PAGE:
Thursday, April 25, 2002
Director of Communications
(401) 831-7700 x101
New Charity Watchdog Gives Red Cross Highest
The American Red Cross received an "exceptional rating" from Charity Navigator, a new nonprofit
organization working to help people make more informed decisions about the charities to which they donate. Receiving four out of four possible stars, the
Red Cross was awarded the highest rating, exceeding industry standards and outperforming most charities in the new nonprofit's database.
Charity Navigator helps charitable givers make "intelligent giving decisions" by
providing information on more than eleven hundred charities and by evaluating the financial health of each of these charities. The information is provided free of charge on the organization's Web site, www.charitynavigator.org.
"We are honored to receive an exceptional rating from Charity Navigator," said John
Ricottilli, Chair, Board of the Directors, American Red Cross of Rhode Island. "Here in Rhode Island, our Red Cross volunteers assist hundreds of families each year who
have been displaced by house fires. We also teach Rhode Islanders to save lives, through classes like CPR, First Aid, Babysitting and Automated External Defibrillation."
The mission of Charity Navigator is to advance a more efficient and responsive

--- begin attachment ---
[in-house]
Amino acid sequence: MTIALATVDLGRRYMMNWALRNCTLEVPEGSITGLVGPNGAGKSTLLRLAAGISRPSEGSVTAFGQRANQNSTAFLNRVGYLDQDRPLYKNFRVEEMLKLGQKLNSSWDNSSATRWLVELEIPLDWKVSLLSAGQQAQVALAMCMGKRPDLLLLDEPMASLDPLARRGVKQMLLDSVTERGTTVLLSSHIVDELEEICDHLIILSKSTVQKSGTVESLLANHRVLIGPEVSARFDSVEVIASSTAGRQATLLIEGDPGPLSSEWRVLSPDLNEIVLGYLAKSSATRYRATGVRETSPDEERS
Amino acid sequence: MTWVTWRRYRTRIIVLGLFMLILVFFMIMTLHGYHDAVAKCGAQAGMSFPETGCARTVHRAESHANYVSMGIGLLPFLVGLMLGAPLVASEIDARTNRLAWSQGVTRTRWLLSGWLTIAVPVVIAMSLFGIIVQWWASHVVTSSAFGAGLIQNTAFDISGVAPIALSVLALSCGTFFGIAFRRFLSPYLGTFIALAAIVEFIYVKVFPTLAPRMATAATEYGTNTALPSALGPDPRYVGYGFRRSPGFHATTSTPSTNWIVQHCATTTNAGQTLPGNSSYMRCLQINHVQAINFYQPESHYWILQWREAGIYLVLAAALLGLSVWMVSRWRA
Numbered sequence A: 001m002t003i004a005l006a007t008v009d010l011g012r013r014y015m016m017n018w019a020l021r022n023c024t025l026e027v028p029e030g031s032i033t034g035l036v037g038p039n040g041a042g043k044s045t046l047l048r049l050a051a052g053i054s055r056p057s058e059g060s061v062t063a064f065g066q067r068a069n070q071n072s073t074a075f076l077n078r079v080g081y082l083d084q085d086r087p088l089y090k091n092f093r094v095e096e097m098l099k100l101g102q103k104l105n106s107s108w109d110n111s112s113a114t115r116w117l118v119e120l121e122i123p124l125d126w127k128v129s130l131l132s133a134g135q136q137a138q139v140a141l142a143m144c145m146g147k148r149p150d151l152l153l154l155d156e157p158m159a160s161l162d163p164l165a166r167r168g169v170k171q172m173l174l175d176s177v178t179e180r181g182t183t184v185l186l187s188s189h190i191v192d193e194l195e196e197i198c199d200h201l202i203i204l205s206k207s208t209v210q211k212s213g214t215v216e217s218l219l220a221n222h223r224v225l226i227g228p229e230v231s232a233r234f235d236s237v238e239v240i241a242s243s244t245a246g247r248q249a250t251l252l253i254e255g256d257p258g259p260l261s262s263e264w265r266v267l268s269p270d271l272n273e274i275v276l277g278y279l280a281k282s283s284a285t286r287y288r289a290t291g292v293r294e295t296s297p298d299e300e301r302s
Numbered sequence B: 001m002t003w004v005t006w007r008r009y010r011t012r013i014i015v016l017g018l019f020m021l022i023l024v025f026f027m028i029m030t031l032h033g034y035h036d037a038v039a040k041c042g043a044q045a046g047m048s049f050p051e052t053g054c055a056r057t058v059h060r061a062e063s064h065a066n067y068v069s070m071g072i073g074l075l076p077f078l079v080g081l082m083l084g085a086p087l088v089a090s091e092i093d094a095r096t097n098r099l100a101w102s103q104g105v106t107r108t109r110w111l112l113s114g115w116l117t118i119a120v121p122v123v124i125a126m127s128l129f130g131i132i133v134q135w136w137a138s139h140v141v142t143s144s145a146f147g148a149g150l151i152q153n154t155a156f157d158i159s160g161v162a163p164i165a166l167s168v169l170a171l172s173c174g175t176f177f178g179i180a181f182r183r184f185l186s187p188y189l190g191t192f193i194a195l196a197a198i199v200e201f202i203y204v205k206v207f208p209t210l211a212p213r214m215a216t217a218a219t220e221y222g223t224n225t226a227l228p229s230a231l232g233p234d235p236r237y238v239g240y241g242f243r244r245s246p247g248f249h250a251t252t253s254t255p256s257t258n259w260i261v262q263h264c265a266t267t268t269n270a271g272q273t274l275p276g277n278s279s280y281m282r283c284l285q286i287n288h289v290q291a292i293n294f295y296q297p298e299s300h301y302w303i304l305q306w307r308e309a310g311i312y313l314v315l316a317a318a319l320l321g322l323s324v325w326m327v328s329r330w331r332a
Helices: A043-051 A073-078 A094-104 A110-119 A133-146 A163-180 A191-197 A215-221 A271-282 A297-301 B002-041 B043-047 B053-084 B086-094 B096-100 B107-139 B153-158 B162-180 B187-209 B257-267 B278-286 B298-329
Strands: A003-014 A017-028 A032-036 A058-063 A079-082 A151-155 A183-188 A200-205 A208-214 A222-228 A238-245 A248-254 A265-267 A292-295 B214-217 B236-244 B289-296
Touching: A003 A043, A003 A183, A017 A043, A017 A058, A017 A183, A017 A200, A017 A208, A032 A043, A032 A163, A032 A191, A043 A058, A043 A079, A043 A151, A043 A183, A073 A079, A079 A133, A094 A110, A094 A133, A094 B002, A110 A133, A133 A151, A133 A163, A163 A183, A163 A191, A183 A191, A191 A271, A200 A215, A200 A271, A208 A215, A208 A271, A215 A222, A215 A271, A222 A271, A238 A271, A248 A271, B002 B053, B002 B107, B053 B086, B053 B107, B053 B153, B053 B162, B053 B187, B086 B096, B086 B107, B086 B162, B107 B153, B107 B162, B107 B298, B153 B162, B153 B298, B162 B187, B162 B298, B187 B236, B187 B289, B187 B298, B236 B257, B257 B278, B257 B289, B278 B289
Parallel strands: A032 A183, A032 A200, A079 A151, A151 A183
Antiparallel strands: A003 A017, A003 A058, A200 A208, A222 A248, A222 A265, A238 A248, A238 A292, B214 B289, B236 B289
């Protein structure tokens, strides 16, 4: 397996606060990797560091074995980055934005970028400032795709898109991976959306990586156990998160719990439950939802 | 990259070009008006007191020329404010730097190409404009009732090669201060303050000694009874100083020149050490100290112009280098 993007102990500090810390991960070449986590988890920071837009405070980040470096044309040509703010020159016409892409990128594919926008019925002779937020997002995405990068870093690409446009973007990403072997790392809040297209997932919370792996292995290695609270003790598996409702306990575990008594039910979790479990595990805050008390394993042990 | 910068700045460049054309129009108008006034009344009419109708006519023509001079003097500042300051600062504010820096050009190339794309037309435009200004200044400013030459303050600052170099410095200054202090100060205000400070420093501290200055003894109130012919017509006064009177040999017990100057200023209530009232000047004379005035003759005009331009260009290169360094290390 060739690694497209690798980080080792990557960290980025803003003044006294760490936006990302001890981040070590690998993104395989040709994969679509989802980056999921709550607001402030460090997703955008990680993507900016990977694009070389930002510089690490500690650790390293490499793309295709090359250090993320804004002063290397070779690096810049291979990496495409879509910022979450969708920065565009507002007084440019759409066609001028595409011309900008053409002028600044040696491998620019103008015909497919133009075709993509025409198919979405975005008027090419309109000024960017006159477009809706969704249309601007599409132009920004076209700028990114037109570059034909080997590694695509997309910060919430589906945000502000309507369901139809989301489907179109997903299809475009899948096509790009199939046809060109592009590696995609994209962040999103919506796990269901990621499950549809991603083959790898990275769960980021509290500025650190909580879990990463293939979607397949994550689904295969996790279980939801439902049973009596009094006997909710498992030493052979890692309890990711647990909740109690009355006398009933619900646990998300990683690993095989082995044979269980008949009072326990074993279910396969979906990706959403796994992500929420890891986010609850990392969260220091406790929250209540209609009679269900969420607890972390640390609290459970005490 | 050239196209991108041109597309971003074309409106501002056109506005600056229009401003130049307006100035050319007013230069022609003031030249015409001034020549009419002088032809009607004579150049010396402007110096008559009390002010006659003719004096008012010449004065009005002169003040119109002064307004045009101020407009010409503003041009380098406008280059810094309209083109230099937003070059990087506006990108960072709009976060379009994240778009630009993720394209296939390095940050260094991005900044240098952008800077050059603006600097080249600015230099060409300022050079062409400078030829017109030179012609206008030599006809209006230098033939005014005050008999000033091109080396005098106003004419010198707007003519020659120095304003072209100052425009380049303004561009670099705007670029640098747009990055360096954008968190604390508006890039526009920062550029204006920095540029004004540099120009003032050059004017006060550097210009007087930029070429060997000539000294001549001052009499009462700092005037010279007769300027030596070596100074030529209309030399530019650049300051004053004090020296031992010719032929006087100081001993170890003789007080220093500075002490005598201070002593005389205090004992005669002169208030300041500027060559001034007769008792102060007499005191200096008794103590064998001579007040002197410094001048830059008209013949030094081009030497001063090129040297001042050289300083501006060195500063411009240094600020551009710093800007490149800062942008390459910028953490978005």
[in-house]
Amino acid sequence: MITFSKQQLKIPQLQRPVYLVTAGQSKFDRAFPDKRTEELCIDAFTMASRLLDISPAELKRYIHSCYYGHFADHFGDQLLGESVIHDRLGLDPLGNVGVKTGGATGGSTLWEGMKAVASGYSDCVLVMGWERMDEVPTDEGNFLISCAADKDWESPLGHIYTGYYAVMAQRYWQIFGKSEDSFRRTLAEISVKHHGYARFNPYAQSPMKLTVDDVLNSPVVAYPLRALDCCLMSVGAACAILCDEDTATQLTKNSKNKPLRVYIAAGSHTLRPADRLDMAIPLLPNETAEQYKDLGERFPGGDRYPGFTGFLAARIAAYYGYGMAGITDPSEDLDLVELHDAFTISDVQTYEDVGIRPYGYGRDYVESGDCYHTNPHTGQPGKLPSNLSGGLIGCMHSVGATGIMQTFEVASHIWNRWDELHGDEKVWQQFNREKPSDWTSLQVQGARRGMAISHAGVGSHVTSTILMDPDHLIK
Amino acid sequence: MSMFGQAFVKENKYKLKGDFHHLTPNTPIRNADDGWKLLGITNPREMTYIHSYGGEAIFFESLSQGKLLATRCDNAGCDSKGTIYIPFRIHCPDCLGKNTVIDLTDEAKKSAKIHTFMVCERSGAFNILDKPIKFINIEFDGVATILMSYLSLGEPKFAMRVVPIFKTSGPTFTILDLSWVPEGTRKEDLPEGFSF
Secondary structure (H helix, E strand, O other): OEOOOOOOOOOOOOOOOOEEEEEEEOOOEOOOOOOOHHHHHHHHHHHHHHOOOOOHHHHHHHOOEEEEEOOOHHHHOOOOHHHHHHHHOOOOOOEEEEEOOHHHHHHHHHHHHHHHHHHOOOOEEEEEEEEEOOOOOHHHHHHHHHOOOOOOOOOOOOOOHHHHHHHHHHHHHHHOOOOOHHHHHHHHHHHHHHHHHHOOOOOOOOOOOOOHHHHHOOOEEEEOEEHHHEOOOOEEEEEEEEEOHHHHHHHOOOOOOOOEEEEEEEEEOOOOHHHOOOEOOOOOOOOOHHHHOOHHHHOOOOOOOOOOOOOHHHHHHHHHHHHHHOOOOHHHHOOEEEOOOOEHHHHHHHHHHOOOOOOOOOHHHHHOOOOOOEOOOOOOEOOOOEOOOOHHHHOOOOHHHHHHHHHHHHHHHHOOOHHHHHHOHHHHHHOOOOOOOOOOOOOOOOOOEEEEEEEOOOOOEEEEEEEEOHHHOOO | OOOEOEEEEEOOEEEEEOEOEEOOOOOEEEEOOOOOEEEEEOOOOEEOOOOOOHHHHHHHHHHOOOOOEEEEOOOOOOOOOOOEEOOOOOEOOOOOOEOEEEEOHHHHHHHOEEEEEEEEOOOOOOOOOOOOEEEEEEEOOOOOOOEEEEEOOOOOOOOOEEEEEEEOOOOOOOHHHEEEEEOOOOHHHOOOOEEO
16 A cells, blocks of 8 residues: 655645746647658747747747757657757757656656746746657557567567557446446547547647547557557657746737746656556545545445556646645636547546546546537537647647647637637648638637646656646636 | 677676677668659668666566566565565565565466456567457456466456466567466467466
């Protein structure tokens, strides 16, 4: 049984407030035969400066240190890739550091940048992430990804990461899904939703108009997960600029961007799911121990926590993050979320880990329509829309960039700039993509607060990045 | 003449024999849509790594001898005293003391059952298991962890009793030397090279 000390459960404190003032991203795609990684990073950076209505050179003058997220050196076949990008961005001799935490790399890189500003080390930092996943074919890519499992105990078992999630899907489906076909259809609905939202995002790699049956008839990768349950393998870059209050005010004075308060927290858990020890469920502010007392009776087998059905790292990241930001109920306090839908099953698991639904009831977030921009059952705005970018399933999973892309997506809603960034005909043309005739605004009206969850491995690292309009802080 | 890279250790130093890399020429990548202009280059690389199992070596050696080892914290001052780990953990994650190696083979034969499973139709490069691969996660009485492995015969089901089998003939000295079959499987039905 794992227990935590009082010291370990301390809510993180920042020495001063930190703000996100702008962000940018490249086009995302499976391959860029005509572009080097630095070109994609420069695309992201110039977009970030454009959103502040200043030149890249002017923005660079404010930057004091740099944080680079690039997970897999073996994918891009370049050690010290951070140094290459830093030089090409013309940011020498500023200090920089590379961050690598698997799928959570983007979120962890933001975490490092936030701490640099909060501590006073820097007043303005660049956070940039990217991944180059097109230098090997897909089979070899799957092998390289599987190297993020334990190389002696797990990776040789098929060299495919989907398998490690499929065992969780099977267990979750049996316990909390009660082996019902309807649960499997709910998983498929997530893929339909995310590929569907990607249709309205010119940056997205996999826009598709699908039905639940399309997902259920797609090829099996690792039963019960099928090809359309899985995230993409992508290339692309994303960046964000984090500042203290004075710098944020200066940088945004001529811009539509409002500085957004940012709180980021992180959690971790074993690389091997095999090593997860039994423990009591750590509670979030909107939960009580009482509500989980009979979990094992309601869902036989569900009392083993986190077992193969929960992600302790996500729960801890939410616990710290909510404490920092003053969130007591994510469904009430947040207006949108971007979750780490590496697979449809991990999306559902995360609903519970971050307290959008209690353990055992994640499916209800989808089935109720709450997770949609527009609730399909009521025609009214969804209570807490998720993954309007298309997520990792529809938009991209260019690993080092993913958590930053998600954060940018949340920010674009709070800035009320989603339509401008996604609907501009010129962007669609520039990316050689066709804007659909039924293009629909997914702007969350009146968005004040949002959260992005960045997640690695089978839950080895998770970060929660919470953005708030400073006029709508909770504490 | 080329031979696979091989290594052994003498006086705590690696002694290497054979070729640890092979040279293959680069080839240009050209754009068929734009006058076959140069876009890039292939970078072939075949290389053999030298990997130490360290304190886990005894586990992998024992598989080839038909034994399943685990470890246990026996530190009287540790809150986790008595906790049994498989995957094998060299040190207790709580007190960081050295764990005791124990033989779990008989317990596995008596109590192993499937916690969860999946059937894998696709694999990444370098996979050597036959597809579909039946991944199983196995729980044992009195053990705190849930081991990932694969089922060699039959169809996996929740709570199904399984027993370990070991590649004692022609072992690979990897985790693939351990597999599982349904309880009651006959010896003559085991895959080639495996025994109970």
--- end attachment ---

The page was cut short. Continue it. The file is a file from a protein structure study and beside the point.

philanthropic marketplace. Ultimately, the organization hopes to revolutionize the entire charitable marketplace.
The organization uses five guidelines for choosing which charities to evaluate: Tax
Status: Charity Navigator evaluates organizations granted tax-exempt status under section 501(c)(3) of the Internal Revenue Code. Sources of Revenue: Only charities
seeking support from individual givers are evaluated. Type of Programs: To match the diversity of givers' interests, all types of charities are evaluated. Location:
Charity Navigator evaluates charities from all over the United States. Size: More than 1,100 of America's largest charities are evaluated -- those organizations that
appeal to vast networks of individual givers for support and in whose success large numbers of individual givers have an interest.
"We think our country's largest non-profit organizations should be treated with the
same level of accountability as publicly traded for-profit companies," Charity Navigator states on its web site. "We think that charities are the key to this
country's future. Our government is getting smaller, our societies more polarized and insular. For this country to stay great, we will be dependent on charities to
provide the services we need. And those charities will be dependent on the individual giver. And the giver deserves to be treated like his dollar is valued, and
this marketplace is serious. When that is done, we all win."
The founders believe that the current system for monitoring the activity of charities
is insufficient and that improvements must be made in government regulation of charities, in the work of charity evaluators, and in the Tax Form 990. In the
increasingly competitive world of fundraising, the individual giver is dependent on the help of oversight agencies for accessing and understanding this information.
Charity Navigator wants to change the way the donor receives their information, so the mystery is removed.